2016-10-17 – Last month Hillary Clinton was criticized for saying that “you could put half of Trump’s supporters into what I call the basket of deplorables. Right? The racist, sexist, homophobic, xenophobic, Islamophobic — you name it.”
This ignited a short-lived firestorm. Short-lived because it is basically true. Short lived because Donald Trump knocked this story off of page one with a new outrage of his own.
The problem with this story is that the media totally ignored the other “half” of Trump’s supporters, which Hillary described in some detail:
But the other basket — and I know this because I see friends from all over America here — I see friends from Florida and Georgia and South Carolina and Texas — as well as, you know, New York and California — but that other basket of people are people who feel that the government has let them down, the economy has let them down, nobody cares about them, nobody worries about what happens to their lives and their futures, and they’re just desperate for change. It doesn’t really even matter where it comes from. They don’t buy everything he says, but he seems to hold out some hope that their lives will be different. They won’t wake up and see their jobs disappear, lose a kid to heroin, feel like they’re in a dead end. Those are people we have to understand and empathize with as well.
It now looks like Donald Trump is going down to flaming defeat. Maybe yes. Maybe no. But, if he does, who becomes the next champion for these folks?
The truth is, Donald Trump hasn’t been much of a champion, except in one respect: he’s awaken us to the suffering of these people. They live in small towns and rural areas where the main corporate employers have moved offshore—or have been run out of business by big-box retailers like Wal-Mart. Their children can’t move to the cities because cities are too expensive and they can’t go to college or a trade school because they can’t afford it. Trump posed as a champion for these people, but he has no plans.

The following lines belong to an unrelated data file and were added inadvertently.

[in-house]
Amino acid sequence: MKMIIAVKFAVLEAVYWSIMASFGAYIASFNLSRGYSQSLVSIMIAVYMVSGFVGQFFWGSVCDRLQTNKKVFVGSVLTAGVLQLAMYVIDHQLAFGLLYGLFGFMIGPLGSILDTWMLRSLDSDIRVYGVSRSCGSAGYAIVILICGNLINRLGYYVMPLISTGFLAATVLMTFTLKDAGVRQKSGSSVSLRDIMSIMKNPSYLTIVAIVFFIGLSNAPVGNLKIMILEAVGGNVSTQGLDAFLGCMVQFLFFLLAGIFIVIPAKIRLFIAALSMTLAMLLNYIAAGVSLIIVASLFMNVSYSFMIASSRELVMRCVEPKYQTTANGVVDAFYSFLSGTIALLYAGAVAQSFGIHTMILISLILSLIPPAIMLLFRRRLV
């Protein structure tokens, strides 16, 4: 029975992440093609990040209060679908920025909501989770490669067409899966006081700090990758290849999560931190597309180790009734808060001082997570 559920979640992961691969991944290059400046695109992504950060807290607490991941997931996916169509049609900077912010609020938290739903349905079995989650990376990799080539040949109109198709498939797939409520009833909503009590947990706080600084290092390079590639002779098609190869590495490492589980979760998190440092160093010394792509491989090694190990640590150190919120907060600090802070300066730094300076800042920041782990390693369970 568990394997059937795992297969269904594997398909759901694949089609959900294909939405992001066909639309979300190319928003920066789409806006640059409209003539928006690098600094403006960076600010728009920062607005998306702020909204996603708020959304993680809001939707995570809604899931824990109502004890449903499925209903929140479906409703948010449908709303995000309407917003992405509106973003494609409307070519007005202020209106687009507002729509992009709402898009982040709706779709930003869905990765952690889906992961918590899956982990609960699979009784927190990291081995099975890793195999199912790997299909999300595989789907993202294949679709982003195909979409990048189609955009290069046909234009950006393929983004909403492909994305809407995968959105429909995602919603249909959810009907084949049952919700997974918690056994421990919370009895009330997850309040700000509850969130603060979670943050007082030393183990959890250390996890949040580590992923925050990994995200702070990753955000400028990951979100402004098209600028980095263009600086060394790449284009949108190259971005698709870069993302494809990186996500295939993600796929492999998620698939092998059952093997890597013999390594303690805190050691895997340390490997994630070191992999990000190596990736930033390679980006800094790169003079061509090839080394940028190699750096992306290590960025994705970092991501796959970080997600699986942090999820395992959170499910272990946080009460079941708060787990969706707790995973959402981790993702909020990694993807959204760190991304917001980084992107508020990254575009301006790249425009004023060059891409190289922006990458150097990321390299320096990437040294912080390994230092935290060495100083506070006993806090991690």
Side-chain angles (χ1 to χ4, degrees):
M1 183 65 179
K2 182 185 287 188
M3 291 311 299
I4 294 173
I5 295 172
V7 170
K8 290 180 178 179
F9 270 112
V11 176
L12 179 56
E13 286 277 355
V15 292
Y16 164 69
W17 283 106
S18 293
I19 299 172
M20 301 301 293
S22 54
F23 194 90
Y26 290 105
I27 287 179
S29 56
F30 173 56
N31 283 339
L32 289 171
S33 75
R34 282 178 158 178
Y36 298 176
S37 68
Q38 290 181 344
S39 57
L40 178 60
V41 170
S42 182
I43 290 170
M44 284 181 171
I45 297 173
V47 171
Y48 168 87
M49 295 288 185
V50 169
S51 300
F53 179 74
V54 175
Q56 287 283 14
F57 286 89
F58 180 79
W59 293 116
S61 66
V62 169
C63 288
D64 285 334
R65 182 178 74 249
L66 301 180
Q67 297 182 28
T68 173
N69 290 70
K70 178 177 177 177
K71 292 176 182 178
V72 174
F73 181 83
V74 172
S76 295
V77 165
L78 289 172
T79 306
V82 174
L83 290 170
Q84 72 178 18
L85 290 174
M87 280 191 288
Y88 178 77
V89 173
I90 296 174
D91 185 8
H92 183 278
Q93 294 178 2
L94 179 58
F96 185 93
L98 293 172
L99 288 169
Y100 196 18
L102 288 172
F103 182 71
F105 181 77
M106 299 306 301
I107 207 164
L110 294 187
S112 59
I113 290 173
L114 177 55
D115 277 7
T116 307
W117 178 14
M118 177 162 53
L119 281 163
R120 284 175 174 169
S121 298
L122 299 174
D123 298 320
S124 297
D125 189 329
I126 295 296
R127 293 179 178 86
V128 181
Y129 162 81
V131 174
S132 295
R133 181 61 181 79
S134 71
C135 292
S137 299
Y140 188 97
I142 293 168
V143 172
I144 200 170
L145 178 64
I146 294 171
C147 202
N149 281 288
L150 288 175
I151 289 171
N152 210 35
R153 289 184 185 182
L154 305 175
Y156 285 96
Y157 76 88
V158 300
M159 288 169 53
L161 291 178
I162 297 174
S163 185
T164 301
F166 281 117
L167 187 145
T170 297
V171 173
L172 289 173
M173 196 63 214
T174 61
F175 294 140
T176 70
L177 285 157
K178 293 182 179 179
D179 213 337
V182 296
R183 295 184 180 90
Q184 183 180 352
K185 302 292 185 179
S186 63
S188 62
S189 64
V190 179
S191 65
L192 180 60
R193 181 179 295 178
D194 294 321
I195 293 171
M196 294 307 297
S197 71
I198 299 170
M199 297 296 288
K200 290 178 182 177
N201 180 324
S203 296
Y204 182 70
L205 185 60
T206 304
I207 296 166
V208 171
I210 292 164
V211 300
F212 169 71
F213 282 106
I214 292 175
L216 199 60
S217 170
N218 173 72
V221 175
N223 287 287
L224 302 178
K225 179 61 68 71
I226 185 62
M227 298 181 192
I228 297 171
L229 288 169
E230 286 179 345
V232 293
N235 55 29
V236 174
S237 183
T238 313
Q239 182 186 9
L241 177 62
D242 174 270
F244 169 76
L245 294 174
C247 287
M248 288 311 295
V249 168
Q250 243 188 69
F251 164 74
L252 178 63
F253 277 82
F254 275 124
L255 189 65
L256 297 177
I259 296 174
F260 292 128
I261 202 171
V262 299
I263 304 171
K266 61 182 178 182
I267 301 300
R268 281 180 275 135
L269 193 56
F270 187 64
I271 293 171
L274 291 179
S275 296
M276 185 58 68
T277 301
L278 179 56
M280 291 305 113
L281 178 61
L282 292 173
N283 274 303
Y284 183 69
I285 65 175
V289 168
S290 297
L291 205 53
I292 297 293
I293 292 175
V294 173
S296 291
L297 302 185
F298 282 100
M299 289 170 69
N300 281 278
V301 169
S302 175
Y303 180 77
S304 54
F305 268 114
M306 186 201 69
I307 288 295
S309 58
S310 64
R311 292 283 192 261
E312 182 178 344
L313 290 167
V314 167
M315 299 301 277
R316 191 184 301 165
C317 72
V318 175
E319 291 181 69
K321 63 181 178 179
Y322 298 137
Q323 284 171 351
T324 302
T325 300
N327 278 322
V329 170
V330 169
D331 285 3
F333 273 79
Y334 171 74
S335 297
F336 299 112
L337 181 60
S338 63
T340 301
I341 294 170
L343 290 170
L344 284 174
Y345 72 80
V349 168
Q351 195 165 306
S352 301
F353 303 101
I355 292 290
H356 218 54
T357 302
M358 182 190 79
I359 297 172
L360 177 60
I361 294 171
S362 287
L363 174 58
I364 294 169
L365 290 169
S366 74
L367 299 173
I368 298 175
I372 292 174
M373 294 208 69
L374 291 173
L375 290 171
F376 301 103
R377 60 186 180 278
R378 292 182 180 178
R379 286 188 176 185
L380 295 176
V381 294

It starts with rebuilding America’s infrastructure. It starts with a plan for expanded national service. It starts with an effort to attack drug addiction. It starts with plans to make higher education affordable. And more.
And here’s the interesting thing. Much in her economic plans that would benefit small town and rural American to rebuild the middle class would benefit Americas inner cities—which suffer from many of the same problems.
Hillary is in a position to transcend the racism that has infected the nation as reflected in this year’s campaign—with programs that benefit Trump’s “other basket” as well as urban poor and people of color.
These groups are natural allies. They are taught to be enemies. They don’t take from each other, but are both abused by elites.
By raising Trump’s constituents with her own, Hillary will be making us Stronger Together.